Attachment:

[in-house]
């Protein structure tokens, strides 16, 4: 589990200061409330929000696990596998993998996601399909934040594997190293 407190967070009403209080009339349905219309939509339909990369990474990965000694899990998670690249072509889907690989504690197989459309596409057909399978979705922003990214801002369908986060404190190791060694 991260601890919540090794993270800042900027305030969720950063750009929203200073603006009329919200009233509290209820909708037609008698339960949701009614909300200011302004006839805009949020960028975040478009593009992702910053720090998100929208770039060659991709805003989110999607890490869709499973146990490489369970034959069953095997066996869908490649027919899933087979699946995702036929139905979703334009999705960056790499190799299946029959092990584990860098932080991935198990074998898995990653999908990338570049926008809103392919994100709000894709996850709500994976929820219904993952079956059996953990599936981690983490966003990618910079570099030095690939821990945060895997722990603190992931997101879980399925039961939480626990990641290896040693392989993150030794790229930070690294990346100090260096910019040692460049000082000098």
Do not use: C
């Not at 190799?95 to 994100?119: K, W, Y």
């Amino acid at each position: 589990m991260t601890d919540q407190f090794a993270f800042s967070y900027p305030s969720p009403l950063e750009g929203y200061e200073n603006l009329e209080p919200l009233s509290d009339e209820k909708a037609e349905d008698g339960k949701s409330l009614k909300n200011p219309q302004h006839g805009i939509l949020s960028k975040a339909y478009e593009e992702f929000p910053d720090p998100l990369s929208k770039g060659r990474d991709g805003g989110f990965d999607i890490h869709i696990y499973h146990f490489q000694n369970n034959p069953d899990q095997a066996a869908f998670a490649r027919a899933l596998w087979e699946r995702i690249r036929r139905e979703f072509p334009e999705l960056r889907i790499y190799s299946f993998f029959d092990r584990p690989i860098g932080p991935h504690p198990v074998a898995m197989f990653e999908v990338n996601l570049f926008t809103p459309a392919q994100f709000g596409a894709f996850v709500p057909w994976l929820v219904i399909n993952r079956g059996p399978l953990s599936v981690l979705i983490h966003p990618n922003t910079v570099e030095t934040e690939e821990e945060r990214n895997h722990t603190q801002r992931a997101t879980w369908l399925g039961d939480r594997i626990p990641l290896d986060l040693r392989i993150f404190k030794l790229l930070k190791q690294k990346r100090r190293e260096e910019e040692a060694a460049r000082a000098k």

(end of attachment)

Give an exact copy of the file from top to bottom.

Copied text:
[in-house]
């Protein structure tokens, strides 16, 4: 589990200061409330929000696990596998993998996601399909934040594997190293 407190967070009403209080009339349905219309939509339909990369990474990965000694899990998670690249072509889907690989504690197989459309596409057909399978979705922003990214801002369908986060404190190791060694 991260601890919540090794993270800042900027305030969720950063750009929203200073603006009329919200009233509290209820909708037609008698339960949701009614909300200011302004006839805009949020960028975040478009593009992702910053720090998100929208770039060659991709805003989110999607890490869709499973146990490489369970034959069953095997066996869908490649027919899933087979699946995702036929139905979703334009999705960056790499190799299946029959092990584990860098932080991935198990074998898995990653999908990338570049926008809103392919994100709000894709996850709500994976929820219904993952079956059996953990599936981690983490966003990618910079570099030095690939821990945060895997722990603190992931997101879980399925039961939480626990990641290896040693392989993150030794790229930070690294990346100090260096910019040692460049000082000098």
Do not use: C
């Not at 190799?95 to 994100?119: K, W, Y």
């Amino acid at each position: 589990m991260t601890d919540q407190f090794a993270f800042s967070y900027p305030s969720p009403l950063e750009g929203y200061e200073n603006l009329e209080p919200l009233s509290d009339e209820k909708a037609e349905d008698g339960k949701s409330l009614k909300n200011p219309q302004h006839g805009i939509l949020s960028k975040a339909y478009e593009e992702f929000p910053d720090p998100l990369s929208k770039g060659r990474d991709g805003g989110f990965d999607i890490h869709i696990y499973h146990f490489q000694n369970n034959p069953d899990q095997a066996a869908f998670a490649r027919a899933l596998w087979e699946r995702i690249r036929r139905e979703f072509p334009e999705l960056r889907i790499y190799s299946f993998f029959d092990r584990p690989i860098g932080p991935h504690p198990v074998a898995m197989f990653e999908v990338n996601l570049f926008t809103p459309a392919q994100f709000g596409a894709f996850v709500p057909w994976l929820v219904i399909n993952r079956g059996p399978l953990s599936v981690l979705i983490h966003p990618n922003t910079v570099e030095t934040e690939e821990e945060r990214n895997h722990t603190q801002r992931a997101t879980w369908l399925g039961d939480r594997i626990p990641l290896d986060l040693r392989i993150f404190k030794l790229l930070k190791q690294k990346r100090r190293e260096e910019e040692a060694a460049r000082a000098k």